A: Escaping the clutches of Earth’s gravity is the first challenge in any kind of space exploration, human or otherwise, as it requires tremendous amounts of energy. The promise of the Shuttle was to provide frequent, low cost access to orbit through a reusable vehicle, but after 30 years of experience and the loss of two vehicles and crew, it never met the promise. From its inception, NASA has always used private contractors to design and build spacecraft. However, as the Shuttle program was being phased out a new paradigm was implemented for contracting with private companies to build and operate launch vehicles. Instead of the government providing a set of performance, construction and management requirements (i.e. we tell them what to do, how to do it and we were the only customer), the Commercial Resupply and Commercial Crew programs requested that private companies provide “services” that NASA guarantees to purchase (.ie. we told them what we want to buy, the performance requirements, but did not tell them how to do it or restrict to whom they could sell the same service). These programs were implemented as “competitions” where NASA would fund – along with significant private funding from the competitors – various phases of the development. At each large milestone there was a narrowing of the competitors based on whether they met the published objectives. Ultimately, the competitors were able to innovate because they were free to explore any methodologies or technologies they believed would provide the best solution.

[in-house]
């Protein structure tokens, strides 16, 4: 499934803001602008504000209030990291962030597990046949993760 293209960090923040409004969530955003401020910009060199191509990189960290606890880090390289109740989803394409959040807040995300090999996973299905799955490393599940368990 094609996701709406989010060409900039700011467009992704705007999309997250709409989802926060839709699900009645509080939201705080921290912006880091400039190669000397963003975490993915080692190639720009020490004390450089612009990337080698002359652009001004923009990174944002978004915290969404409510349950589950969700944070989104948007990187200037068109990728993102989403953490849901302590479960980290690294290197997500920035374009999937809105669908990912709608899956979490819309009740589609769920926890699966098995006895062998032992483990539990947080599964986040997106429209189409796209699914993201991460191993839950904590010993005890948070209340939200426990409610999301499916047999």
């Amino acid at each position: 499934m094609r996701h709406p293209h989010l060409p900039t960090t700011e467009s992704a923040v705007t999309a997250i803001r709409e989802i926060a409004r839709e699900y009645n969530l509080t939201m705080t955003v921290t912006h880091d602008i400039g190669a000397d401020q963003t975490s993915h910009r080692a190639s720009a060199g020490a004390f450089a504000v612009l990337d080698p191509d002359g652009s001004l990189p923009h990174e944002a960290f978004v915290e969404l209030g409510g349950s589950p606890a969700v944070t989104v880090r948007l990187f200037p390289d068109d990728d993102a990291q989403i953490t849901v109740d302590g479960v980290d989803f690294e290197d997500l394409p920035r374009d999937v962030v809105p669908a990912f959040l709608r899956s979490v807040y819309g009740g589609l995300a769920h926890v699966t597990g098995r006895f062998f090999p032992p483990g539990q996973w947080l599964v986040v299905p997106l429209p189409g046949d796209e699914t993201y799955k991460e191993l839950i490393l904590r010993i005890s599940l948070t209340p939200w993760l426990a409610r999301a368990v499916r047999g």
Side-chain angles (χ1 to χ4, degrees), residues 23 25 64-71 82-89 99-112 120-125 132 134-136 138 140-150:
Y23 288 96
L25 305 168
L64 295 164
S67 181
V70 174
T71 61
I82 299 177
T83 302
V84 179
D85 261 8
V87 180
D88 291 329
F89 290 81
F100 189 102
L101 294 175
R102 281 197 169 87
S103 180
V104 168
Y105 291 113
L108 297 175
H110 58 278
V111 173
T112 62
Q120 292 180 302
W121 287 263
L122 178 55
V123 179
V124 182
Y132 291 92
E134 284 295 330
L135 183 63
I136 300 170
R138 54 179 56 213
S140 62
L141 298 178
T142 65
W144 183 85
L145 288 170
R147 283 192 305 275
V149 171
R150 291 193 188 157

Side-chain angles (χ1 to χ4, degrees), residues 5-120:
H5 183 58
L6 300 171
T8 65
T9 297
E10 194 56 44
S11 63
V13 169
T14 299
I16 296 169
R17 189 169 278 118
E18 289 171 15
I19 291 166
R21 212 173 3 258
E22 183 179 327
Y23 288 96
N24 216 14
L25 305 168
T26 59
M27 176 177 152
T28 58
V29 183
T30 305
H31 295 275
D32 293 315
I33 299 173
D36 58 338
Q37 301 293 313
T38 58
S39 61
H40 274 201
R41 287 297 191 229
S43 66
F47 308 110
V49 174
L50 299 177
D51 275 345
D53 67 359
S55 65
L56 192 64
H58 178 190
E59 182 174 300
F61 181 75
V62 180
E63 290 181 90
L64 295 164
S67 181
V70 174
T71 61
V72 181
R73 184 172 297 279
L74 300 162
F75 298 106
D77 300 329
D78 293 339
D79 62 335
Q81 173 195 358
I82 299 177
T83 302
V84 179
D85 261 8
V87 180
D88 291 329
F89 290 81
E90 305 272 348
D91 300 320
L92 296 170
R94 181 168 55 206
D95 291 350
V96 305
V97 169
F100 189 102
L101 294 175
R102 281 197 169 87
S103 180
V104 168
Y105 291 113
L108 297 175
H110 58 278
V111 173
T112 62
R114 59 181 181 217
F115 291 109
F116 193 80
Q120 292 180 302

Q: Can you tell us about the Mars Rover scheduled to launch later this summer?